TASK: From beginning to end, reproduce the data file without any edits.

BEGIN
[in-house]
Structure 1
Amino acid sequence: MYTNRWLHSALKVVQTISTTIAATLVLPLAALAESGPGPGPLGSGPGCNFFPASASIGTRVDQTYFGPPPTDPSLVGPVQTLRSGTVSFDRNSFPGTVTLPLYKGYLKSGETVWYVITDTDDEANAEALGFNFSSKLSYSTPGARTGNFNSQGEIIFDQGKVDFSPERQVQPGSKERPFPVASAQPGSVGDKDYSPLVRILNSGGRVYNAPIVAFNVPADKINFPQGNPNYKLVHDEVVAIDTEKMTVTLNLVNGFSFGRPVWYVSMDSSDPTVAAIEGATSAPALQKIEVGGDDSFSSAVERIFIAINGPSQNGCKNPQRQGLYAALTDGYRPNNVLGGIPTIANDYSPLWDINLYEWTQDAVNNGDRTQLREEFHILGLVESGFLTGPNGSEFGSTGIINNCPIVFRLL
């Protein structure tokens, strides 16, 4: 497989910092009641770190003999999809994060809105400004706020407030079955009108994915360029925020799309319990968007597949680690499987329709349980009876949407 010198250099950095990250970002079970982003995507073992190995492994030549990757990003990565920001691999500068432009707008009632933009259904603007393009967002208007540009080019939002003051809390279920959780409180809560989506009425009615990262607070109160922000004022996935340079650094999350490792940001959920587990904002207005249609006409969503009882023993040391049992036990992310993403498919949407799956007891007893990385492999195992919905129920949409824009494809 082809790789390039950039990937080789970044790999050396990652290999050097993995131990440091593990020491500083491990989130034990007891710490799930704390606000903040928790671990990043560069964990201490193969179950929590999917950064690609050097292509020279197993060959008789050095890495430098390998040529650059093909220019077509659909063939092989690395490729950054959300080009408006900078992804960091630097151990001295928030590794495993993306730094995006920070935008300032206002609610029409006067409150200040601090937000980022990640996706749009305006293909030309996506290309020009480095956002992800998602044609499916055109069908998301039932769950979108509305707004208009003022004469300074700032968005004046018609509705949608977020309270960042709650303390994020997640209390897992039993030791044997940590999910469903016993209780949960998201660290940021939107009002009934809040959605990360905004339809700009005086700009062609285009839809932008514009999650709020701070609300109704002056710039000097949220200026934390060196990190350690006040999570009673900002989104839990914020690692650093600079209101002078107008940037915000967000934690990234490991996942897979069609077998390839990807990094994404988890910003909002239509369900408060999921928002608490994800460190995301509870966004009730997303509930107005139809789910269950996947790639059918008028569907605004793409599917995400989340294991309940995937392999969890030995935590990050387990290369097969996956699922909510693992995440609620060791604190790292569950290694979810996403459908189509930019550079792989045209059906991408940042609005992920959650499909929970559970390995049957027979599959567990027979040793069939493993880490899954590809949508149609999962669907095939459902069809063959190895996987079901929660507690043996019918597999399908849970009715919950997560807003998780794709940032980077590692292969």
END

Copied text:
[in-house]
Structure 1
Amino acid sequence: MYTNRWLHSALKVVQTISTTIAATLVLPLAALAESGPGPGPLGSGPGCNFFPASASIGTRVDQTYFGPPPTDPSLVGPVQTLRSGTVSFDRNSFPGTVTLPLYKGYLKSGETVWYVITDTDDEANAEALGFNFSSKLSYSTPGARTGNFNSQGEIIFDQGKVDFSPERQVQPGSKERPFPVASAQPGSVGDKDYSPLVRILNSGGRVYNAPIVAFNVPADKINFPQGNPNYKLVHDEVVAIDTEKMTVTLNLVNGFSFGRPVWYVSMDSSDPTVAAIEGATSAPALQKIEVGGDDSFSSAVERIFIAINGPSQNGCKNPQRQGLYAALTDGYRPNNVLGGIPTIANDYSPLWDINLYEWTQDAVNNGDRTQLREEFHILGLVESGFLTGPNGSEFGSTGIINNCPIVFRLL
């Protein structure tokens, strides 16, 4: 497989910092009641770190003999999809994060809105400004706020407030079955009108994915360029925020799309319990968007597949680690499987329709349980009876949407 010198250099950095990250970002079970982003995507073992190995492994030549990757990003990565920001691999500068432009707008009632933009259904603007393009967002208007540009080019939002003051809390279920959780409180809560989506009425009615990262607070109160922000004022996935340079650094999350490792940001959920587990904002207005249609006409969503009882023993040391049992036990992310993403498919949407799956007891007893990385492999195992919905129920949409824009494809 082809790789390039950039990937080789970044790999050396990652290999050097993995131990440091593990020491500083491990989130034990007891710490799930704390606000903040928790671990990043560069964990201490193969179950929590999917950064690609050097292509020279197993060959008789050095890495430098390998040529650059093909220019077509659909063939092989690395490729950054959300080009408006900078992804960091630097151990001295928030590794495993993306730094995006920070935008300032206002609610029409006067409150200040601090937000980022990640996706749009305006293909030309996506290309020009480095956002992800998602044609499916055109069908998301039932769950979108509305707004208009003022004469300074700032968005004046018609509705949608977020309270960042709650303390994020997640209390897992039993030791044997940590999910469903016993209780949960998201660290940021939107009002009934809040959605990360905004339809700009005086700009062609285009839809932008514009999650709020701070609300109704002056710039000097949220200026934390060196990190350690006040999570009673900002989104839990914020690692650093600079209101002078107008940037915000967000934690990234490991996942897979069609077998390839990807990094994404988890910003909002239509369900408060999921928002608490994800460190995301509870966004009730997303509930107005139809789910269950996947790639059918008028569907605004793409599917995400989340294991309940995937392999969890030995935590990050387990290369097969996956699922909510693992995440609620060791604190790292569950290694979810996403459908189509930019550079792989045209059906991408940042609005992920959650499909929970559970390995049957027979599959567990027979040793069939493993880490899954590809949508149609999962669907095939459902069809063959190895996987079901929660507690043996019918597999399908849970009715919950997560807003998780794709940032980077590692292969």